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A First Step in Reducing Inputs to Increase Profitability

By   /  July 8, 2019  /  1 Comment

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We talk a lot about reducing inputs so that the farm or ranch can be more profitable. But how do you figure out what you should cut and what you should keep? Do you have a goal that can provide direction?

Hugh Aljoe is the director of producer relations and a pasture and range consultant with the Noble Research Institute. Before joining the Institute in 1995, Aljoe was the ranch manager of Belvedere Land & Cattle supervising the growth of the ranch from a small 450-acre, 150-head purebred ranch into an extensive 3,900-acre, 1,500-head purebred and commercial cow-calf operation. Forage resources were predominantly introduced bermudagrass pastures (overseeded to ryegrass) that were managed using adaptive multi-paddock grazing.

For some ideas on that, here’s a jam-packed 2:13 interview with the Noble Research Institute’s Hugh Aljoe.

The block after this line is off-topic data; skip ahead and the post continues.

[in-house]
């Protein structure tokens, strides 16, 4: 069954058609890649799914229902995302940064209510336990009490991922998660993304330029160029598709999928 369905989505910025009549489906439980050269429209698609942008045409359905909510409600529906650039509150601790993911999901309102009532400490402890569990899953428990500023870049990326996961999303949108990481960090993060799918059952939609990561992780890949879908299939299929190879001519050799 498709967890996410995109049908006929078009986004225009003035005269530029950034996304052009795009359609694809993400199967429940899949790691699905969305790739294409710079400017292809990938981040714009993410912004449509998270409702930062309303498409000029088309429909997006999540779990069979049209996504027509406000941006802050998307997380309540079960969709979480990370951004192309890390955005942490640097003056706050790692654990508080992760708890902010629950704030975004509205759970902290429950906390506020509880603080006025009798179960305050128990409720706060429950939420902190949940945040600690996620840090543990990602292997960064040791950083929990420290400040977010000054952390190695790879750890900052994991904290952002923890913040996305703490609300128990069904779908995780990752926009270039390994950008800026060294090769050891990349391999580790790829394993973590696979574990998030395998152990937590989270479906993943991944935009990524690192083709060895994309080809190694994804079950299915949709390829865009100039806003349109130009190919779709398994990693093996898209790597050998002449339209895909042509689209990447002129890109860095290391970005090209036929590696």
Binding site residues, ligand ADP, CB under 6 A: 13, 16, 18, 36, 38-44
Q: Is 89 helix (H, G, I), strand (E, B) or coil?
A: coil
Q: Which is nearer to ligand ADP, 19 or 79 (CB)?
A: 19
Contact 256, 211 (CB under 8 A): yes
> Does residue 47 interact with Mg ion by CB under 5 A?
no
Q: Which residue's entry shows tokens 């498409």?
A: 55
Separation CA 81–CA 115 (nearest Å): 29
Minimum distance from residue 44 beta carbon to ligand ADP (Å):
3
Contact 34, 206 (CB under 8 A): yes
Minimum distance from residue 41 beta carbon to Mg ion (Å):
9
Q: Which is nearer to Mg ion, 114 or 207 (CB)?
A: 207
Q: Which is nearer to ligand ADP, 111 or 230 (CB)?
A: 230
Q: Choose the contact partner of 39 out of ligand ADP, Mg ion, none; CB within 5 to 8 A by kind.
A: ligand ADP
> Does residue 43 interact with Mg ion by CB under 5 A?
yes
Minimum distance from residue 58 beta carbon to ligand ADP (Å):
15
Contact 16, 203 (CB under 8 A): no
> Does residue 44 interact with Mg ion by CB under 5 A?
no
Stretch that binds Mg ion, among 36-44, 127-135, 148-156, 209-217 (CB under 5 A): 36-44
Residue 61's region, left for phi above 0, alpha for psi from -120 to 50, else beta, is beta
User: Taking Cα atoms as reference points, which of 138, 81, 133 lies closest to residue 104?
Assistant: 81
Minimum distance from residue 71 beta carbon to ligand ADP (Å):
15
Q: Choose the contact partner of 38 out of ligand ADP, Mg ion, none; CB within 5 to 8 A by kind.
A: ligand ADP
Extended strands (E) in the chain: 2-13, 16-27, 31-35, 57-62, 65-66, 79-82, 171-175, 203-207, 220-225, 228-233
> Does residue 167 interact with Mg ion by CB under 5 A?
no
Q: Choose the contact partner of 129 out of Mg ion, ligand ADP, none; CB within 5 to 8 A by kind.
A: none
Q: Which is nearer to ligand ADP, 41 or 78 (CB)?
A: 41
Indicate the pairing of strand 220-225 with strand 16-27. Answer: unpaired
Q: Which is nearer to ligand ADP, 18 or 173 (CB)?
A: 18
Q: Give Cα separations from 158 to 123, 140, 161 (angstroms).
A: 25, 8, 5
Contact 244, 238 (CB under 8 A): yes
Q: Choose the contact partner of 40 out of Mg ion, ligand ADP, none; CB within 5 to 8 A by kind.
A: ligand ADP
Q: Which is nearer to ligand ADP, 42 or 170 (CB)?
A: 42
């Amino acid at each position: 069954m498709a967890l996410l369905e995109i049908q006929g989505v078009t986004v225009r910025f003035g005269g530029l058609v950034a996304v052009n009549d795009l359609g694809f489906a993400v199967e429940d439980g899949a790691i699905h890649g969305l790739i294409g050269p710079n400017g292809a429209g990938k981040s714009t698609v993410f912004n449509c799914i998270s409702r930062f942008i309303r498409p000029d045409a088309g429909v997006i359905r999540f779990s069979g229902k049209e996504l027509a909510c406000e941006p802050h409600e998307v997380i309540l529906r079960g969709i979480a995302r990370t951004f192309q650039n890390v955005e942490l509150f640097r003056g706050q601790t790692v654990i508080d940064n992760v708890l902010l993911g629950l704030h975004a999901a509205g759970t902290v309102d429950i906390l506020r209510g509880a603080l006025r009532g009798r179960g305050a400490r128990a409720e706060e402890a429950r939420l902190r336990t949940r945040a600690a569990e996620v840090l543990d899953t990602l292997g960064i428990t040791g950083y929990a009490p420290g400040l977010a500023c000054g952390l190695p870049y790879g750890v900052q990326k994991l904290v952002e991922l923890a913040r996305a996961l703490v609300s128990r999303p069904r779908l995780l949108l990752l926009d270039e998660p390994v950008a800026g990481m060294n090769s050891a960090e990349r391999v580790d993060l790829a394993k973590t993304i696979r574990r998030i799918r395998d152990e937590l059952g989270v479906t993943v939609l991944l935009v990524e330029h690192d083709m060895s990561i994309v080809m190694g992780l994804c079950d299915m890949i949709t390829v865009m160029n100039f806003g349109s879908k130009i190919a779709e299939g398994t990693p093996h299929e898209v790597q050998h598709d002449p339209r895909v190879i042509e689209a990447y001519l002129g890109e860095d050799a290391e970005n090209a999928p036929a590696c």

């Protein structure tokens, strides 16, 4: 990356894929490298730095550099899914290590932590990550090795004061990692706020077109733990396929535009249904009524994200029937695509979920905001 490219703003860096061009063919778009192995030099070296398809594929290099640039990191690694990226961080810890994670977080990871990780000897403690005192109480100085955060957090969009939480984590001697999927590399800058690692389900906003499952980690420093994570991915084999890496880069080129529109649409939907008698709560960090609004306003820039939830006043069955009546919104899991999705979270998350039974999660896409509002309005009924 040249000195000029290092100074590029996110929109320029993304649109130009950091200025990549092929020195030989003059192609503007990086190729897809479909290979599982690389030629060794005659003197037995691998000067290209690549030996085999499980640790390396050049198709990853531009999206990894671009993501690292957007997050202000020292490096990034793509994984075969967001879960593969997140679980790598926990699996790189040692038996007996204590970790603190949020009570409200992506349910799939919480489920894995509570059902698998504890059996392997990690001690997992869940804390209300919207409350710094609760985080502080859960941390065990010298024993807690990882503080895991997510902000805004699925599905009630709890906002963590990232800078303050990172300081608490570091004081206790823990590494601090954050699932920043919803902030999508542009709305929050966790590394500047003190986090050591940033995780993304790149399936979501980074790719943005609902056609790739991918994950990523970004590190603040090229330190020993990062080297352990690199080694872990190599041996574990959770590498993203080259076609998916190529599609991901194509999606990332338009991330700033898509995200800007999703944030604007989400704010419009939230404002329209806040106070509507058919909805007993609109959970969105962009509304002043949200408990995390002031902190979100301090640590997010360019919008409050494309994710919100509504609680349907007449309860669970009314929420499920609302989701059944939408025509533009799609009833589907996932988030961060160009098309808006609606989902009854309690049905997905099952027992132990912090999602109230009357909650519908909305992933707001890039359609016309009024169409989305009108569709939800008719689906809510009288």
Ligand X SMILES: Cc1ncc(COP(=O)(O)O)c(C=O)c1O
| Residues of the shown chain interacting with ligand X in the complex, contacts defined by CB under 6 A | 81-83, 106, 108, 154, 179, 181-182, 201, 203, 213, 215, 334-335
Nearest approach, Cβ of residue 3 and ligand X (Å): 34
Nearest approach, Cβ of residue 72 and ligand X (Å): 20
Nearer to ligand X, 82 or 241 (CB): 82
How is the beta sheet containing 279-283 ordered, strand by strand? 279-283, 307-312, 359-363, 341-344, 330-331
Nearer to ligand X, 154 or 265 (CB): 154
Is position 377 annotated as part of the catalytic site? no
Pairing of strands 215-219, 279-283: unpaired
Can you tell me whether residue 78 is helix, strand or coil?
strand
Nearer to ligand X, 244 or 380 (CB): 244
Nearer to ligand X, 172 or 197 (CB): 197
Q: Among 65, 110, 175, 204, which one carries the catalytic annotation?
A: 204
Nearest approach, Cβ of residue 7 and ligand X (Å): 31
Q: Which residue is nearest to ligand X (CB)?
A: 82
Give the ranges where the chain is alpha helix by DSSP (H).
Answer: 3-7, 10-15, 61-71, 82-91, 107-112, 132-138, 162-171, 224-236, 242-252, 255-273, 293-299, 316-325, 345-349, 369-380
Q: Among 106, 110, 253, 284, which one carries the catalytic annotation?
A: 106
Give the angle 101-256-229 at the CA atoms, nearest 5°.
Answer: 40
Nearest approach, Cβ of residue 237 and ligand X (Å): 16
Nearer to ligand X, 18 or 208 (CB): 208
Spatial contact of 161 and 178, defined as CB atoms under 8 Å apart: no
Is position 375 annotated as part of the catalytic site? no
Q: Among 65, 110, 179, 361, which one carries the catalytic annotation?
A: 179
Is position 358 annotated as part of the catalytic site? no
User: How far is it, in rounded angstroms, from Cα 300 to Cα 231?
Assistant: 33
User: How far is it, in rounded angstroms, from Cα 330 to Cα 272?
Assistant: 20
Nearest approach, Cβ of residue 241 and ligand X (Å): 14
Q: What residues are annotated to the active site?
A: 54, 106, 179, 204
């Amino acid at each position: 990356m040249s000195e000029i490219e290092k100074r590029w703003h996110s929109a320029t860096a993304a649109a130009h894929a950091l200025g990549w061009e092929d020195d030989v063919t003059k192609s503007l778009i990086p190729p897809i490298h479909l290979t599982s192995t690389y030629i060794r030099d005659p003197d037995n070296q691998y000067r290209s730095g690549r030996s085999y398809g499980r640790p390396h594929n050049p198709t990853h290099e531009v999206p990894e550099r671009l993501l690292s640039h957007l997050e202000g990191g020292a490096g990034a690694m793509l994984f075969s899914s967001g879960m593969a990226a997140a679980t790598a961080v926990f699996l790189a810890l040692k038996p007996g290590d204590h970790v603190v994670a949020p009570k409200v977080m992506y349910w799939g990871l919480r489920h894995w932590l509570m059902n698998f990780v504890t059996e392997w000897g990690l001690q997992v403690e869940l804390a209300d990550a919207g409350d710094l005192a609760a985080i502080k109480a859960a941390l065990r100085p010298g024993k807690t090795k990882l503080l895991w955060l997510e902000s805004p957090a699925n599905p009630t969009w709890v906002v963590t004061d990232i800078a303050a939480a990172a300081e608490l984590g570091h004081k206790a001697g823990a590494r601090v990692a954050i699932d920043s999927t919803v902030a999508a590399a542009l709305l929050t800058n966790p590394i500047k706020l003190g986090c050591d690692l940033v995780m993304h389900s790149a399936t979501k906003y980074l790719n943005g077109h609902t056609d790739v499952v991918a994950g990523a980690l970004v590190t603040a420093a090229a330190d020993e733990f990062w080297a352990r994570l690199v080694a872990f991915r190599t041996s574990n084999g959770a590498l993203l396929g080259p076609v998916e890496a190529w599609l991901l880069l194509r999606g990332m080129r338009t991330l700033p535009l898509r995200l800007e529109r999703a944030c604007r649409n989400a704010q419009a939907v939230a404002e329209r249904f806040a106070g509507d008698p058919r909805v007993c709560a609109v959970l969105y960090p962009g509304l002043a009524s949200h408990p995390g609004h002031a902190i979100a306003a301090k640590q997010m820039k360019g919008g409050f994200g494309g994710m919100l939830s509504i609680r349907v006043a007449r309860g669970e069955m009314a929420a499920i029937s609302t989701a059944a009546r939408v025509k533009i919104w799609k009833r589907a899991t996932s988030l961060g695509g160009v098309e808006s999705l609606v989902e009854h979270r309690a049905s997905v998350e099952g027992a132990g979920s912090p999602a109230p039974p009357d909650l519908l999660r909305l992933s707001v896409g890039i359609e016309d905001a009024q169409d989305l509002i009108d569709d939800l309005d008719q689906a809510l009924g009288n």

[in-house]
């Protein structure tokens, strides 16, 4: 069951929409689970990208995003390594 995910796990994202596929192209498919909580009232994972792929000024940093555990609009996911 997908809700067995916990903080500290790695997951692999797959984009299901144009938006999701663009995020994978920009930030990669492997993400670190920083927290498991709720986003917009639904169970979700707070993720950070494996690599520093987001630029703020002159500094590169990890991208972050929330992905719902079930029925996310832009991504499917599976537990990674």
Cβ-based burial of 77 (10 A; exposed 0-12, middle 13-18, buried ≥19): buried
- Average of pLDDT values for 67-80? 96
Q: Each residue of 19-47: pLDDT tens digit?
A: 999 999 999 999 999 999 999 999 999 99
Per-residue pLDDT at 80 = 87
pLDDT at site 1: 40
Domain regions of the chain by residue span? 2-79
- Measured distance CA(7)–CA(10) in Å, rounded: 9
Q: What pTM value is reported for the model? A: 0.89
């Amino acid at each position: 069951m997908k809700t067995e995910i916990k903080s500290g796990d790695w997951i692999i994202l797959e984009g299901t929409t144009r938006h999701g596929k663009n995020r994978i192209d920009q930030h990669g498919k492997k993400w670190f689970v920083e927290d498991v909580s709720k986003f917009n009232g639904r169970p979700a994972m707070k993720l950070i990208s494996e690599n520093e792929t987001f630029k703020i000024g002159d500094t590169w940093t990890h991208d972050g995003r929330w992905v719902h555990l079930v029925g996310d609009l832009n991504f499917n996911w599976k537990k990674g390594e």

Hugh is talking about “Intentional Management.” Translated, that means starting with the end in mind. If you know your goals, or what you want to achieve, you’ll know what to measure to figure out if you’re making progress. Starting with the end in mind is also helpful when you’re working with others, whether they’re family or employees. If they know what the overall plan is, and what’s expected of them, they can help you more – even making decisions that improve how they do their jobs that can be beneficial to the operation as a whole.

One of the questions to ask when you’re figuring out your goal is “What fits best for your resources, your skills?” In this case he gives an example of how using available resources could lead to a decision to background calves to increase profit. The bottom line: be proactive. Identify your goals, track how things are going, and adapt as necessary.

But Wait! There’s More!

If Hugh has inspired you to start thinking about your goals, but you’re a little put off because you’ve been through “visioning” and “goal-setting” before and it was SO painful…let’s see what we can do to make it more fun.